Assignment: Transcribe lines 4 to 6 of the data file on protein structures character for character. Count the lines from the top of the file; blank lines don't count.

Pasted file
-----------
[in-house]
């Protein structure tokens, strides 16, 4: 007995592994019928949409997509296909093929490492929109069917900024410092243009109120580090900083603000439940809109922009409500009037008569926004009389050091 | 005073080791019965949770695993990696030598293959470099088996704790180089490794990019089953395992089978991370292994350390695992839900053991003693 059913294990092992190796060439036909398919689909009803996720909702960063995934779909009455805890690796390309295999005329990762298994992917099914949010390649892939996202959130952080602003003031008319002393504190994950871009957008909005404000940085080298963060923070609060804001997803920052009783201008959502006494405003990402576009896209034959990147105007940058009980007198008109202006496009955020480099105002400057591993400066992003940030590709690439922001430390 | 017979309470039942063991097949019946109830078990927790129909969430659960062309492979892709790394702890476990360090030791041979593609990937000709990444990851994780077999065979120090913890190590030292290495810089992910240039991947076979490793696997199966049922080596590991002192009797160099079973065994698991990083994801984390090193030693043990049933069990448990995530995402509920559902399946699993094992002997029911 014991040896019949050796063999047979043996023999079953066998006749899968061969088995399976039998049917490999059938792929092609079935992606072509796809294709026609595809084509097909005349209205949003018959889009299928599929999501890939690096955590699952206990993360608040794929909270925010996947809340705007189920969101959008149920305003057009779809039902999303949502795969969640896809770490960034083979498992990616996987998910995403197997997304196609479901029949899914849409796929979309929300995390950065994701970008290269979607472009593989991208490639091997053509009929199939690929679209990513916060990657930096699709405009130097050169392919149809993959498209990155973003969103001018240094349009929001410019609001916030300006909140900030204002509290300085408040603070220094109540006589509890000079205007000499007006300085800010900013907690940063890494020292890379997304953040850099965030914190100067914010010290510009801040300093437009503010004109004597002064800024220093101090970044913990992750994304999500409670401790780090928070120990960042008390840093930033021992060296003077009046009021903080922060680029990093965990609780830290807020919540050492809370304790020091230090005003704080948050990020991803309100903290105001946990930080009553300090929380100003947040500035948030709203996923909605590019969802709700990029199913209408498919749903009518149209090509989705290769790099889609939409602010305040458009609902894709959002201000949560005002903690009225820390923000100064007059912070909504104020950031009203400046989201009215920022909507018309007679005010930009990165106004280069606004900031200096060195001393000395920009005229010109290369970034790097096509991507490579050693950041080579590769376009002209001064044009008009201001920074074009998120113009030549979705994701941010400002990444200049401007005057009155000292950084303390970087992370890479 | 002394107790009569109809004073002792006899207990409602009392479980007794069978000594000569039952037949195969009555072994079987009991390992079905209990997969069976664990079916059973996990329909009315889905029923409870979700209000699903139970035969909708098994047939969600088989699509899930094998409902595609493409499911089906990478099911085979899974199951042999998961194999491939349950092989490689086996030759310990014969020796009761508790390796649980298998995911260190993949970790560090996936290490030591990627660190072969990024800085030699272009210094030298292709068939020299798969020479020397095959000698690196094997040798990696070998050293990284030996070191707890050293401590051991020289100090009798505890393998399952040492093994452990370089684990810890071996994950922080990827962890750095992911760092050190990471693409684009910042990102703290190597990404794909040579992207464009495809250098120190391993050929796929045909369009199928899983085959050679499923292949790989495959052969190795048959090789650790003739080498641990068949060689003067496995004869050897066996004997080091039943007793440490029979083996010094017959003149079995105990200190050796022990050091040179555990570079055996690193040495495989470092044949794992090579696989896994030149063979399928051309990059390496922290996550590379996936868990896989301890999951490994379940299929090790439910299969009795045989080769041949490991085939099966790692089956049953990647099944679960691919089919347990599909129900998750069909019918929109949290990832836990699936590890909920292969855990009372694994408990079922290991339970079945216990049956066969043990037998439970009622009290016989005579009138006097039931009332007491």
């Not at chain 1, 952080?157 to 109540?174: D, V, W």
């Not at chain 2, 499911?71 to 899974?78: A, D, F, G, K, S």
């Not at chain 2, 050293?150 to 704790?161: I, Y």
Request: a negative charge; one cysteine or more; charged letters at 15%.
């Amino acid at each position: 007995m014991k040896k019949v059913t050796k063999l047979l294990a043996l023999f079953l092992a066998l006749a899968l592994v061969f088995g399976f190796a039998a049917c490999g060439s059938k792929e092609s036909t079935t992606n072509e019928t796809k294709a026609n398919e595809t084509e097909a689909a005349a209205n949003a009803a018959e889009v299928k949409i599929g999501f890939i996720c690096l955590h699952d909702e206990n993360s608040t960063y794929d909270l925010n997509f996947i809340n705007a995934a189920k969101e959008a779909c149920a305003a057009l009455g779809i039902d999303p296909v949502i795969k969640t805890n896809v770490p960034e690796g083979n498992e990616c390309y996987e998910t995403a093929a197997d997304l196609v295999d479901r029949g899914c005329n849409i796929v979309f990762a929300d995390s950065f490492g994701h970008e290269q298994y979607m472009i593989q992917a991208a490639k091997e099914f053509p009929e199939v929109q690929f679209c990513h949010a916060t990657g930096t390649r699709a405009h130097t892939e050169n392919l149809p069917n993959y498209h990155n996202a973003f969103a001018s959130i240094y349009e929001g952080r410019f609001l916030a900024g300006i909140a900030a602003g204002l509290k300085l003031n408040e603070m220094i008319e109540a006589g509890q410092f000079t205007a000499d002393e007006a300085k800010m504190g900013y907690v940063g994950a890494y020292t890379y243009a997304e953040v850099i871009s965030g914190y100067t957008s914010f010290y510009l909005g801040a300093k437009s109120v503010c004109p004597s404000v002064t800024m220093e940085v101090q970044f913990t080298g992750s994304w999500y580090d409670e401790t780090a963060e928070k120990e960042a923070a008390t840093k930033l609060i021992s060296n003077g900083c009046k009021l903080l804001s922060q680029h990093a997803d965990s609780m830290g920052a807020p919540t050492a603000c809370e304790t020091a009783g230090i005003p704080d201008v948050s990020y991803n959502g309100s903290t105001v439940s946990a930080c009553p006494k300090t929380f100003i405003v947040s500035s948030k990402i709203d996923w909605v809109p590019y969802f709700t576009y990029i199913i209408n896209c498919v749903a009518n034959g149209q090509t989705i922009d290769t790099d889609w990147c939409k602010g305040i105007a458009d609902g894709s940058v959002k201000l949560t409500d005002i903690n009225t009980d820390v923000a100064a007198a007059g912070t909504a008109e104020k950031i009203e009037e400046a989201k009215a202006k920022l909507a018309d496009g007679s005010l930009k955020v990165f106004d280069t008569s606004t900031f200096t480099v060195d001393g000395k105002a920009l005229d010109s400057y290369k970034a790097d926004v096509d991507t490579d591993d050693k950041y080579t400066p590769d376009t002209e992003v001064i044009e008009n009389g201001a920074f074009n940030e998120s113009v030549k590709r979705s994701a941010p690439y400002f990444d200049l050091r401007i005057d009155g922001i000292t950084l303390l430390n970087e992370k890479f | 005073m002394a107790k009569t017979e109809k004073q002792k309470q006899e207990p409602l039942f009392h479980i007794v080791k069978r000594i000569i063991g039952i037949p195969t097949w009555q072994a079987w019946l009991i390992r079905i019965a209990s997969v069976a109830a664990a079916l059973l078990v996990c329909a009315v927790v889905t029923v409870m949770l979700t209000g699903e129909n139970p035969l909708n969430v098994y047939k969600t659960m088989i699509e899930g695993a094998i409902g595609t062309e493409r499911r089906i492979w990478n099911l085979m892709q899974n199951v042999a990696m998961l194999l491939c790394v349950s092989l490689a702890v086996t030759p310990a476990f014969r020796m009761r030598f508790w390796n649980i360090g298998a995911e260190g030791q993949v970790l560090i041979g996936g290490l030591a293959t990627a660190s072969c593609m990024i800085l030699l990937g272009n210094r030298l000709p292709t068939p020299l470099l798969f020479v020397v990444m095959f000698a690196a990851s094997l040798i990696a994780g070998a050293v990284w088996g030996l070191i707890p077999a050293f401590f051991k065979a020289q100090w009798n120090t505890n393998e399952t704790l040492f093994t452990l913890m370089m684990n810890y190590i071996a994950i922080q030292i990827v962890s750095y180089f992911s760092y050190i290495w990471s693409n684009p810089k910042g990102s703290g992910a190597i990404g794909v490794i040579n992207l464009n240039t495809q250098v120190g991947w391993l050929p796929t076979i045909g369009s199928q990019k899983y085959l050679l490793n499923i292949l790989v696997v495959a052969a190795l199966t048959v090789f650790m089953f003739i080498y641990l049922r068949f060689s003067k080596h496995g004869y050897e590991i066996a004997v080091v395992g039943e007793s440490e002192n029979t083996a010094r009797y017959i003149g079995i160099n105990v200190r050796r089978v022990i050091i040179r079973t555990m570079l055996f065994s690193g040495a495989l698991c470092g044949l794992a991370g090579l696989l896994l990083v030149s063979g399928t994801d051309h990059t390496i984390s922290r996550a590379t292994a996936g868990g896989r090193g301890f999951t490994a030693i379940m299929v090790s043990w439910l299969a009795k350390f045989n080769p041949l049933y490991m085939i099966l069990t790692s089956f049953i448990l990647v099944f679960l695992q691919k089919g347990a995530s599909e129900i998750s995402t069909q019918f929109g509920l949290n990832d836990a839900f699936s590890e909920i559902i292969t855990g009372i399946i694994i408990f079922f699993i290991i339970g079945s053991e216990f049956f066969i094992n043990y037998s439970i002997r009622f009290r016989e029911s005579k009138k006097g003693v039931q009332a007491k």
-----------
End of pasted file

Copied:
């Not at chain 2, 499911?71 to 899974?78: A, D, F, G, K, S």
């Not at chain 2, 050293?150 to 704790?161: I, Y």
Request: a negative charge; one cysteine or more; charged letters at 15%.